The basis of modern computing technologies is precise electronic and software systems, where errors are unacceptable. But it doesn’t seem like this is always the case. For example, why is there a difference between the promised and actual hard drive capacity? Is this just a marketing trick of “it’s close enough so they won’t notice”? Actually, there’s solid science behind this problem, with marketing being only one part of the issue.
Byte Prefixes and Magnitudes
One of the two biggest reasons for the difference between the advertised and actual amount of hard drive storage is how large amounts of data are being addressed. Pretty much everyone knows roughly what a gigabyte and terabyte are since most of our information is measured in gigabytes, and most hard drives come in sizes labeled in terabytes. Most people think that similarly to other units of measurement gigabytes would contain a thousand megabytes and a terabyte contains 1000 gigabytes. Some of you may already know that most operating systems see 1 GB, for example, as 1024 MB because computers use base 2 numbers (binary). This system is a part of the JEDEC memory standards.
This is what creates the difference between advertised and actual values of data – advertisers use the decimal 1GB = 1000MB numbering system, while most computers label bytes in the binary 1GB = 1024MB JEDEC numbering system. It’s not simply a difference of 24 smaller units either, as the difference between the two numbering systems builds up, the higher up you go in multitudes.
The International Electrotechnical Commission (IEC) tried to resolve the difference in 2002 by creating special prefixes for binary systems. Unfortunately, this system didn’t catch on (probably because of the silly prefixes) and both computers and tech manufacturers kept using the same decimal system in their own specific way. This means that computers are technically wrong when they use the JEDEC binary-but-not-really counting system, where gigabytes actually represent gibibytes etc.
IEC’s special binary counting prefixes
Regardless of who’s right or wrong here, the different adoption of the same system causes a roughly 10% error in the terabyte-petabyte range, causing the following difference in capacity:
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- 1 advertised (decimal) terabyte = 0.909 actual (JEDEC) terabytes
- 1 advertised (decimal) gigabyte = 0.931 actual (JEDEC) gigabytes
All of this discrepancy is neither the drive manufacturers’ fault nor is it the computer engineers’ fault. It’s simply the confusion between two numbering systems that got mixed up, which manufacturers managed to use to their advantage by making their drive look bigger. While it can be used as a marketing trick, there’s no capacity actually missing because of these different numbering standards.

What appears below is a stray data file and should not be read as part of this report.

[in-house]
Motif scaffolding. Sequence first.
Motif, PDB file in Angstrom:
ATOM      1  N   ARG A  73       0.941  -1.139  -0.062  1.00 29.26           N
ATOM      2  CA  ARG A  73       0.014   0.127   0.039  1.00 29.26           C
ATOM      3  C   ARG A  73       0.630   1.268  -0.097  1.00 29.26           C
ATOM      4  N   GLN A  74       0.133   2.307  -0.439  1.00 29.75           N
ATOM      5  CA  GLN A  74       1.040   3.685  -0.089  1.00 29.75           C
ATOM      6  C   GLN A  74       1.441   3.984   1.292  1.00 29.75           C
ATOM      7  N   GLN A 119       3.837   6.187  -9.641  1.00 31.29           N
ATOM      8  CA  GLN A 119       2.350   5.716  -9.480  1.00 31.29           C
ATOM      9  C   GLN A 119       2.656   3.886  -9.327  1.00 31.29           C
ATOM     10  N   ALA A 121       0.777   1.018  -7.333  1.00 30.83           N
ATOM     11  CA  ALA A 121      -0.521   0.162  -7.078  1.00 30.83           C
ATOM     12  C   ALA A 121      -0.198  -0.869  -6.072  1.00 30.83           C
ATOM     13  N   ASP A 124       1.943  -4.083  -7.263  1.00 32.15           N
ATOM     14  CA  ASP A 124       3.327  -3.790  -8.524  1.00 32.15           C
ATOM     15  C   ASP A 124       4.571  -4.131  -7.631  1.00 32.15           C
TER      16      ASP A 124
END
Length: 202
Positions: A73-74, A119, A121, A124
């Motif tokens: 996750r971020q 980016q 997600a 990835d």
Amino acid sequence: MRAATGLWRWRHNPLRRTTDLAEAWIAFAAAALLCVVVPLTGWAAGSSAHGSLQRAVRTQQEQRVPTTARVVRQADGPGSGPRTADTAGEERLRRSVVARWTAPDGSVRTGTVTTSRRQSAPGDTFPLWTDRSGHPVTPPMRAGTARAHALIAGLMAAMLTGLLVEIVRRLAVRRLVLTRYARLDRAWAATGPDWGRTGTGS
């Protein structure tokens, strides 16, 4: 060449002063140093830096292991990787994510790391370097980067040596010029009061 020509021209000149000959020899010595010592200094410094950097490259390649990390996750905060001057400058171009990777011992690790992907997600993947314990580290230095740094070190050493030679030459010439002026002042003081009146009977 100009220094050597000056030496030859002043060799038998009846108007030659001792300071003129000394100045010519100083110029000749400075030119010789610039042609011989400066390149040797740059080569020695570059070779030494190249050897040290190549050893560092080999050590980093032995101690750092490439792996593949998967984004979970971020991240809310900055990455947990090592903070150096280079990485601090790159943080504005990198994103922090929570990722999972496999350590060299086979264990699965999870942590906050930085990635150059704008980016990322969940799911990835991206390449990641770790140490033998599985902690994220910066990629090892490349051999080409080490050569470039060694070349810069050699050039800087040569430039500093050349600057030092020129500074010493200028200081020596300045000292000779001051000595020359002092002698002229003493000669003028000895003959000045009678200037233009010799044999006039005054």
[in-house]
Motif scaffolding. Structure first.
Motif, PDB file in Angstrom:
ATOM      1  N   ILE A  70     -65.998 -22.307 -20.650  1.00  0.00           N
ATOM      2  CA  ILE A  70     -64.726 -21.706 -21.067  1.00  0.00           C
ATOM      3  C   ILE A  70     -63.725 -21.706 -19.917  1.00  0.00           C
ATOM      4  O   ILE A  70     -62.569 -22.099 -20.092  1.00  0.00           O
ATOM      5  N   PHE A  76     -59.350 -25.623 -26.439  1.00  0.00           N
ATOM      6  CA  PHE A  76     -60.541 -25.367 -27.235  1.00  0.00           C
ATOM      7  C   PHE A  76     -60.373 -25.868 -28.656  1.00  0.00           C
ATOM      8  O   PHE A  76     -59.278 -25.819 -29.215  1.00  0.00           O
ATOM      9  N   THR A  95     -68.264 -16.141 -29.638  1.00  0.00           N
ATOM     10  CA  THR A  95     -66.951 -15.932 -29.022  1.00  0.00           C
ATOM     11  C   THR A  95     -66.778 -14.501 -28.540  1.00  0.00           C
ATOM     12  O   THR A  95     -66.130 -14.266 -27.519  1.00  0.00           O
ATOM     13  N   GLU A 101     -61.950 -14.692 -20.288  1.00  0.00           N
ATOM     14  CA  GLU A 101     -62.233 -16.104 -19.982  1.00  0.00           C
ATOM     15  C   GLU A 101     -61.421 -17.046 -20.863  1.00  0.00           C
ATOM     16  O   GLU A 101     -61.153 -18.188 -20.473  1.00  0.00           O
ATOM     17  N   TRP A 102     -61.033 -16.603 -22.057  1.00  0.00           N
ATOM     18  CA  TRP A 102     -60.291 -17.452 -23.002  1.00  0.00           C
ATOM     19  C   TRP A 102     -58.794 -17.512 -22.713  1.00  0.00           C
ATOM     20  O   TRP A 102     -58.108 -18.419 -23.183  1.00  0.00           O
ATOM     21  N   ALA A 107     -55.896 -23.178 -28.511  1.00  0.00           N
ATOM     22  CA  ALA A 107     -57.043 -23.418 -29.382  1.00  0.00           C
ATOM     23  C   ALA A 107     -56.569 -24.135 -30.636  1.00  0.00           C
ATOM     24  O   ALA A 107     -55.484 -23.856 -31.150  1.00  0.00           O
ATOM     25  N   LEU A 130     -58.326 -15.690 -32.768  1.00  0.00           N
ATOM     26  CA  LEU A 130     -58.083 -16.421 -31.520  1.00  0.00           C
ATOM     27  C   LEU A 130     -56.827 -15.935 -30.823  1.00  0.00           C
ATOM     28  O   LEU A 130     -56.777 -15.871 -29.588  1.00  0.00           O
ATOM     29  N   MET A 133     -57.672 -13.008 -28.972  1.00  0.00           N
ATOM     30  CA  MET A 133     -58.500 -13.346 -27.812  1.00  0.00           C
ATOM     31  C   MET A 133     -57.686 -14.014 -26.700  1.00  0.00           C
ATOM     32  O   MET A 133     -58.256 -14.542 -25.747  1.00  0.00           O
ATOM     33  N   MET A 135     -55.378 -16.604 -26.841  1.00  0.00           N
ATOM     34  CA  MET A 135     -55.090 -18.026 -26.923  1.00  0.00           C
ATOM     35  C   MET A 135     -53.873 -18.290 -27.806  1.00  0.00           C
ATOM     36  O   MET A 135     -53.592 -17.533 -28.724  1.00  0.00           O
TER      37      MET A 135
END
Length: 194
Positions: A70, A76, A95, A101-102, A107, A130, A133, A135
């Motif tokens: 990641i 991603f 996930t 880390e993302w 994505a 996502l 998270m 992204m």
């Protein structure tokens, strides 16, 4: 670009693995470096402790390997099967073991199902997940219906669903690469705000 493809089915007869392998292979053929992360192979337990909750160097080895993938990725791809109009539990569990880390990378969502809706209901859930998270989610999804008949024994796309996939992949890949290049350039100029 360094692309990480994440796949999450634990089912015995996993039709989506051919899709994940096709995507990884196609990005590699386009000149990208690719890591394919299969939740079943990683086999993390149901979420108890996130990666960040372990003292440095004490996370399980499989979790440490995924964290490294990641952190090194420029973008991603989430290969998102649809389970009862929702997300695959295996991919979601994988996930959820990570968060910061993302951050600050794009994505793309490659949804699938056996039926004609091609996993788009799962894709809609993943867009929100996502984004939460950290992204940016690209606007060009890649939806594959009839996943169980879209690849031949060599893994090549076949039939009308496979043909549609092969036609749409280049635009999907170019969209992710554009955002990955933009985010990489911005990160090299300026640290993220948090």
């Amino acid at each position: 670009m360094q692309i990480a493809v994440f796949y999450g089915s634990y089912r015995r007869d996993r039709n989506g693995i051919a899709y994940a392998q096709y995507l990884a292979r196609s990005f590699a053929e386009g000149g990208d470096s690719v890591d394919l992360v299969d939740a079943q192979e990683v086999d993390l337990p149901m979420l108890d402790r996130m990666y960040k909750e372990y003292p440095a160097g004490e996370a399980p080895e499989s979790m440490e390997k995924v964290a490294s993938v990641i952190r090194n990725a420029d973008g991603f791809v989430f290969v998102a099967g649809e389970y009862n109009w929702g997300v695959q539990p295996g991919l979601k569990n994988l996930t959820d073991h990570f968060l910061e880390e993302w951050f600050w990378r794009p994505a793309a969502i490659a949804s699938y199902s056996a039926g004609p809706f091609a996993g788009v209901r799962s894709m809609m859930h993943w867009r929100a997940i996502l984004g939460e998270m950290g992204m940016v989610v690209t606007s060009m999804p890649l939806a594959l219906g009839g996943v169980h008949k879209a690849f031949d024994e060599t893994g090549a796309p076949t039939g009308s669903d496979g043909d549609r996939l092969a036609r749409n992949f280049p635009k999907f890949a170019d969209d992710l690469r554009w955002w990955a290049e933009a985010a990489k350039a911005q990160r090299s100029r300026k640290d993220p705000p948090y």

Background Features That Reduce Drive Capacity
While the error between numbering systems makes up around 7% of your “missing” capacity in 1-8 TB range, there are a couple background computing features and basic data that actually use up drive space. They don’t take up too much space, but in certain situations may remove a few gigabytes from your hard drives max capacity.
Shadow Storage and Other Hidden Files
Don’t think that you’re the only one managing data on your hard drive, because Windows, for example, uses quite a bit of your storage for its own extra needs. Windows calls this “shadow storage” and uses it to store temporary files, as well as backups of both recently changed files and the system image. Shadow storage, on average, will take up 5-10 GB of the drive that’s used for Windows system files, which won’t show up in file explorer. However, you can dig around file and drive properties to find the difference between shown and actual used data, or check the precise size of your shadow storage by running Command Prompt as administrator, and typing in vssadmin list shadowstorage.
While this is a specific feature of the Windows OS, there’s no doubt that other operating systems, like Mac and Linux, also use some of your drive’s capacity to do background work, thus reducing the actual capacity of your drive.
Formatting and Data Allocation
Formatting a drive is necessary for the operating system to recognize and address the files on the drive. This requires a decent amount of control data to be stored on the drive, in order for the format to function. Not only that, for the drive to be able to find saved files, each of them has to have an address, which itself is saved as data on the drive. This would be a simple number assigned to a single file, but imagine saving tens of thousands of document, .txt and configuration files on the drive and those numbers will also start making up a decent chunk of the information stored on the drive. Since this is a “behind the curtains” process, the amount of storage that address and formatting data takes up is hidden.
The amount of space that formatting data takes up depends on your usage of the drive, what system it’s formatted for etc., making it a difficult value to estimate. As a historic point of reference, such system files could take up almost a third of a FAT12 DOS format drive (this is undoubtedly way less today). Since this is a “behind the curtains” process, the amount of storage that address and formatting data takes up is hidden from the user.